as grave offerings. Similar golded discs have been found
at other locations in Macedonia, such as Veria (see below).

Thessaloniki Archaeological Museum.
Inv. No. Mθ 5536-5538.
Gold buttons with Gorgon heads from a tomb in Mieza, Macedonia at My Favourite Planet

Two of a number of gold buttons with Gorgon heads, among offerings found in
the cist grave of a girl (Kavallaris Plot), Mieza, Macedonia, Greece. 350-325 BC.

Veria Archaeological Museum, Macedonia, Greece. Inv. Nos. M 1690 a-στ, M 1692, M 1692.
Colossal marble Gorgoneion at the entrance to Veria Archaeological Museum, Macedonia, Greece at My Favourite Planet

Colossal marble head, thought to be a Gorgoneion, dated first half of the 2nd century BC,
at the entrance to Veria Archaeological Museum, Macedonia, Greece.

The largest Gorgon head found in Greece, thought to have been attached to the northern
defensive walls of ancient Veria (Βέροια) as an apotropaic symbol to scare off attackers.
The features of the head, particularly the hairstyle, resemble those of Alexander the Great.
Black-glaze pyxis with a Gorgoneion relief, Veria, Macedonia, Greece at My Favourite Planet

Black-glaze pyxis decorated in the "West Slope" style, with a Gorgoneion relief.
Found among grave offerings of the rock cut chamber tomb on the Spanos Plot,
in the ancient necropolis of Veria, Macedonia. 2nd century BC.

Veria Archaeological Museum, Macedonia, Greece. Inv. No. Π 2379.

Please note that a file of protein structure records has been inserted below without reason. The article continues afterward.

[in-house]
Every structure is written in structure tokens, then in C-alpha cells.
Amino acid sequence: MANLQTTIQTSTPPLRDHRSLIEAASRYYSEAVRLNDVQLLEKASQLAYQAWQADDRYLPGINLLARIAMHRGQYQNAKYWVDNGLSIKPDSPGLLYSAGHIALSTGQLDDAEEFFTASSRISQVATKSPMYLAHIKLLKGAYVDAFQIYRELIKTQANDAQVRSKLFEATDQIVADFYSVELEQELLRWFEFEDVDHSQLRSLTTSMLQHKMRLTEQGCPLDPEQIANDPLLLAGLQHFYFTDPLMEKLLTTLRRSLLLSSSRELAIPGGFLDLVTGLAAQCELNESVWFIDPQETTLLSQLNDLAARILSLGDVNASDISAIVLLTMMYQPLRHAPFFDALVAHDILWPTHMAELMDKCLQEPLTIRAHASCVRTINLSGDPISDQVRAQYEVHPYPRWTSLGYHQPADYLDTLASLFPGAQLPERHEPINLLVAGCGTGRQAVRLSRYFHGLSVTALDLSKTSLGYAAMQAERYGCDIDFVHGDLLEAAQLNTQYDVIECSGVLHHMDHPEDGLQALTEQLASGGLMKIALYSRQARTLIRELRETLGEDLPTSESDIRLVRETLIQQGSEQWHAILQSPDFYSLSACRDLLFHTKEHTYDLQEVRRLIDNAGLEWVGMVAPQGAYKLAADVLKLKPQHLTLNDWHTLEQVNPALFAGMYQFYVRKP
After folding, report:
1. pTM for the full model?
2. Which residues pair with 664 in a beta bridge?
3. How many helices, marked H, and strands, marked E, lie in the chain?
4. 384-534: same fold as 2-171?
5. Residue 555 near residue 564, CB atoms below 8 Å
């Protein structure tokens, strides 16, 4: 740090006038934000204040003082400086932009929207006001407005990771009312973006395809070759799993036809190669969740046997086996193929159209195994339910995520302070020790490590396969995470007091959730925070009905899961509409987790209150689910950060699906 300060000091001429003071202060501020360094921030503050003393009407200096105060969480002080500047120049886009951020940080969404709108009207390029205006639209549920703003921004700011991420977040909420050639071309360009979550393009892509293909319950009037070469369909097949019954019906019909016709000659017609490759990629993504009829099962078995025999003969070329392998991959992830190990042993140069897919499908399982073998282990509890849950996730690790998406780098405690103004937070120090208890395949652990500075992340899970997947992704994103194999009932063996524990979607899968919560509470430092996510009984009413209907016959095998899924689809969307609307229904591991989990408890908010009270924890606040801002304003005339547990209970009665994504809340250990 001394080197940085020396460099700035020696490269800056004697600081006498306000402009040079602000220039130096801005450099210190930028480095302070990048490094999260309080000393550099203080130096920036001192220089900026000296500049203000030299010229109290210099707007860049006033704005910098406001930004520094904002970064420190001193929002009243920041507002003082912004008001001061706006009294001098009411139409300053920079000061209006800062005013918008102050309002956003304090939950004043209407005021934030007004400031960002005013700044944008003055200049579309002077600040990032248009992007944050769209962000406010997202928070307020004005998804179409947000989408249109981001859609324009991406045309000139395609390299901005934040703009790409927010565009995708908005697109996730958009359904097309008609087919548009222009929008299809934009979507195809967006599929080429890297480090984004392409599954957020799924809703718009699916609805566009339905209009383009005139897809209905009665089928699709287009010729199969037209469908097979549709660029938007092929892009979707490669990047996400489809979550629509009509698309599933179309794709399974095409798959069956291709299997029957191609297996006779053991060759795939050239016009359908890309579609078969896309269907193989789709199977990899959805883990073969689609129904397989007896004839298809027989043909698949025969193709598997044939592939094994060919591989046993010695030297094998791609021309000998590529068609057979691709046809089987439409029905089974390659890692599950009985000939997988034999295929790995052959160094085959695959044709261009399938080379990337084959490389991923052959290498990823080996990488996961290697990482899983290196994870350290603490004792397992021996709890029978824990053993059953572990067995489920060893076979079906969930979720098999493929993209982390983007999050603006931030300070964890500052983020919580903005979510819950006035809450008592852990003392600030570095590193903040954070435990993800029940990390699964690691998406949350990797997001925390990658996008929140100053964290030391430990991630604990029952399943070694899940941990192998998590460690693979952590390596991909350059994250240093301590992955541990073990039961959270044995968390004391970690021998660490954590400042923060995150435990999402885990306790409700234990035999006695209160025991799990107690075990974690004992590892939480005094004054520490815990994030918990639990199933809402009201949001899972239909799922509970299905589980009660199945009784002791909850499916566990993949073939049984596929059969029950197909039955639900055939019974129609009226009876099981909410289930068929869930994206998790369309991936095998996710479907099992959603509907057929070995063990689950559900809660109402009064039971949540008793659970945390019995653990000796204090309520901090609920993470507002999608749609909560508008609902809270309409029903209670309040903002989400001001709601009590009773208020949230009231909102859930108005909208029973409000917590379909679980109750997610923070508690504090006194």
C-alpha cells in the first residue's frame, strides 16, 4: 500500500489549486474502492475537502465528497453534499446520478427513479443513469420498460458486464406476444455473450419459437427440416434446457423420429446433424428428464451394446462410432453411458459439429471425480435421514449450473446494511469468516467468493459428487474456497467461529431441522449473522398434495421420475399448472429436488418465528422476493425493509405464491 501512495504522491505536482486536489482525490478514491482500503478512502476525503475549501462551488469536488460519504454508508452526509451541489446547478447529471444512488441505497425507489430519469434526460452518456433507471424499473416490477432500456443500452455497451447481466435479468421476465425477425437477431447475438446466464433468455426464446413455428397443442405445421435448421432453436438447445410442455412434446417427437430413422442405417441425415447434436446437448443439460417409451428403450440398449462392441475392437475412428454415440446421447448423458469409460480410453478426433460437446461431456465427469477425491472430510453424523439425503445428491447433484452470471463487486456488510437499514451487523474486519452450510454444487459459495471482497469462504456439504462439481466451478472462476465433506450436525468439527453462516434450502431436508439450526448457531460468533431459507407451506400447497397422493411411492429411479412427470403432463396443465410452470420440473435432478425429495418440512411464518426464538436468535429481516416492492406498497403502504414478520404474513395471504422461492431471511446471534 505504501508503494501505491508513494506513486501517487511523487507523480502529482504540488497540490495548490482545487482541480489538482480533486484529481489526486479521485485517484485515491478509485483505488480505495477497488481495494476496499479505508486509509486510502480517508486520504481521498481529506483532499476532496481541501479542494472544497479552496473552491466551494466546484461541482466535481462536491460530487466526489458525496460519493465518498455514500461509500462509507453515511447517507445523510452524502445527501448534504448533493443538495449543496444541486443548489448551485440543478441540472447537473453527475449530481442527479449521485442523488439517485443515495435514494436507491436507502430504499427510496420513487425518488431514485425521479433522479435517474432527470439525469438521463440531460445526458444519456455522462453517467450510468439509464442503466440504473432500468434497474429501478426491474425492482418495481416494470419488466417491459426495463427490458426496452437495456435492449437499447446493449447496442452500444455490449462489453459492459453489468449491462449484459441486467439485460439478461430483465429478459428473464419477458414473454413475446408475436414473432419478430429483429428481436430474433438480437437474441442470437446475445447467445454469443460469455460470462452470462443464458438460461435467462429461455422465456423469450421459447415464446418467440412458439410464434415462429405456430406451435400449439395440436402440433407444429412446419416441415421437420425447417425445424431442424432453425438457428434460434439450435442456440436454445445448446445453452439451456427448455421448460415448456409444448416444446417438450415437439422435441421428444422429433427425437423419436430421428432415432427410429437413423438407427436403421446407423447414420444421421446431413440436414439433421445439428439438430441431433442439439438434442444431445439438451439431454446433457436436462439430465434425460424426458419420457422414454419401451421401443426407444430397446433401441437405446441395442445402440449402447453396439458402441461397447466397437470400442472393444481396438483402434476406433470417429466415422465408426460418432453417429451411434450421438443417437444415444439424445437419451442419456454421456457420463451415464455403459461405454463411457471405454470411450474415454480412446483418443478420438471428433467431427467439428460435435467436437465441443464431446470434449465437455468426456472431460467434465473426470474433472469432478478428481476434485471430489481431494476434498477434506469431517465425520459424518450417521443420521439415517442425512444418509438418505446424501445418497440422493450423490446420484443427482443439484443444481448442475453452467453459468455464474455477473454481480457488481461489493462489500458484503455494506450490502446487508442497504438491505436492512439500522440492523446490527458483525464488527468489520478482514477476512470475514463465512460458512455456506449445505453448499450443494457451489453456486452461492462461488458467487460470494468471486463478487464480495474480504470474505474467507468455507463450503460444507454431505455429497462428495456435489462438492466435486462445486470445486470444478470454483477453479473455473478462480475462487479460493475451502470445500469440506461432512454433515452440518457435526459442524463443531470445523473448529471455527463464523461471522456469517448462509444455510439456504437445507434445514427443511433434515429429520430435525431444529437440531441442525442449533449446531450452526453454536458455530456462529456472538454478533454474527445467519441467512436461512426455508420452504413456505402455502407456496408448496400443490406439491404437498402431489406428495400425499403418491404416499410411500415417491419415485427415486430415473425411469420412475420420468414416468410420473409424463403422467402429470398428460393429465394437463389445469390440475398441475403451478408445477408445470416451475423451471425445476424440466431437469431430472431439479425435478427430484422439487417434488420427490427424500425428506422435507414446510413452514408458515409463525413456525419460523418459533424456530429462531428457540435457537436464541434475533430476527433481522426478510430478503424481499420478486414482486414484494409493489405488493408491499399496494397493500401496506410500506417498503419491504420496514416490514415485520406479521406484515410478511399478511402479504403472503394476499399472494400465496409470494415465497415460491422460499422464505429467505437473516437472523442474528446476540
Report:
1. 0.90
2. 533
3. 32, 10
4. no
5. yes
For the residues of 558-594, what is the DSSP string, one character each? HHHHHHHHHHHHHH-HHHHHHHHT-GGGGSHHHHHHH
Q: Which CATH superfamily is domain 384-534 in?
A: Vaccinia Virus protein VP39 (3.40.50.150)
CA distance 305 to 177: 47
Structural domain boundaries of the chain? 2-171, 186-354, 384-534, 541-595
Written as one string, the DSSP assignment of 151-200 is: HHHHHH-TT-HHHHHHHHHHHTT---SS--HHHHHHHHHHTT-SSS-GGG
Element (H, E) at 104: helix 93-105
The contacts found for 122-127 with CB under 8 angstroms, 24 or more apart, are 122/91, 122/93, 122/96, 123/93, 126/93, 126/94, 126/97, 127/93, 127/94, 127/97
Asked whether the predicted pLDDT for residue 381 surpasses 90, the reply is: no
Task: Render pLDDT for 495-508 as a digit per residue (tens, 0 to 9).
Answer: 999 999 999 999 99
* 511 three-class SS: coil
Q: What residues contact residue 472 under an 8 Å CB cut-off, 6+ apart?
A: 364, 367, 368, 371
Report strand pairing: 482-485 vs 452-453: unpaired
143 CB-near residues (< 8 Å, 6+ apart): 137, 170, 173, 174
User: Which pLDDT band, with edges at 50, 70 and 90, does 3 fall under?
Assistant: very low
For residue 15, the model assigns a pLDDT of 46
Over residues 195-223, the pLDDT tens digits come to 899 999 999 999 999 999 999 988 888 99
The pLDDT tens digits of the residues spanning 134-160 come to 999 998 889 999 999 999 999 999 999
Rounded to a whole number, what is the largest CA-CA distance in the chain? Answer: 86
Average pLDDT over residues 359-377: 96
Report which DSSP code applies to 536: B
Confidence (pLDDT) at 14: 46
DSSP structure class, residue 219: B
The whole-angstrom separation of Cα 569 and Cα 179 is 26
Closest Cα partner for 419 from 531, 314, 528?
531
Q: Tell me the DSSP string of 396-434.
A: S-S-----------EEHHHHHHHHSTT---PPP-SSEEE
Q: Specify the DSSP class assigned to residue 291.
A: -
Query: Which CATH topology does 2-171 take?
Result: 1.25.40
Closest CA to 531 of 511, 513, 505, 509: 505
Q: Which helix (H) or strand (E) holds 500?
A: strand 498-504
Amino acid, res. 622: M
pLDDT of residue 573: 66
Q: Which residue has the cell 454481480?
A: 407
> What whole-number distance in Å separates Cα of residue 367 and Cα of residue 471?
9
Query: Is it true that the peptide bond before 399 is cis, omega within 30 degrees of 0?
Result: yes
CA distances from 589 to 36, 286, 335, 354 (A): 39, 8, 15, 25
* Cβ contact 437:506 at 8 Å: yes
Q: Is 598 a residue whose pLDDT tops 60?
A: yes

The head of Gorgon Medusa on the tondo of a gold hairnet at My Favourite Planet

A gold hairnet with a tondo showing the head of Gorgon Medusa.
From Akragas (Agrigento), Sicily. 3rd century BC.

Agrigento Regional Archaeological Museum, Sicily.
A relief of Gorgon Medusa above the doorway of the Temple of Hadrian, Ephesus at My Favourite Planet

A relief of a figure which has been interpreted as the Gorgon Medusa on a marble
lunette panel above the doorway to the "Temple of Hadrian" in Ephesus, built 130 AD.

The naked female figure with wavy, snake-like hair, is visible to the top of her thighs.
She stands with her arms outstreched in the stem of a fabulous plant, the branches
of which spiral out symmetrically to either side of her.

Kuretes Street, Ephesus archaeological site, Selçuk, Turkey.

Also on this page: Gorgoneions on sarcophagi from Ephesus
Gorgon Medusa in a plant above the doorway to the Temple of Hadrian, Ephesus at My Favourite Planet

Gorgon Medusa in a plant above the doorway to the "Temple of Hadrian", Ephesus.

See also a Dionysiac relief from Pergamon with a similar giant plant motif.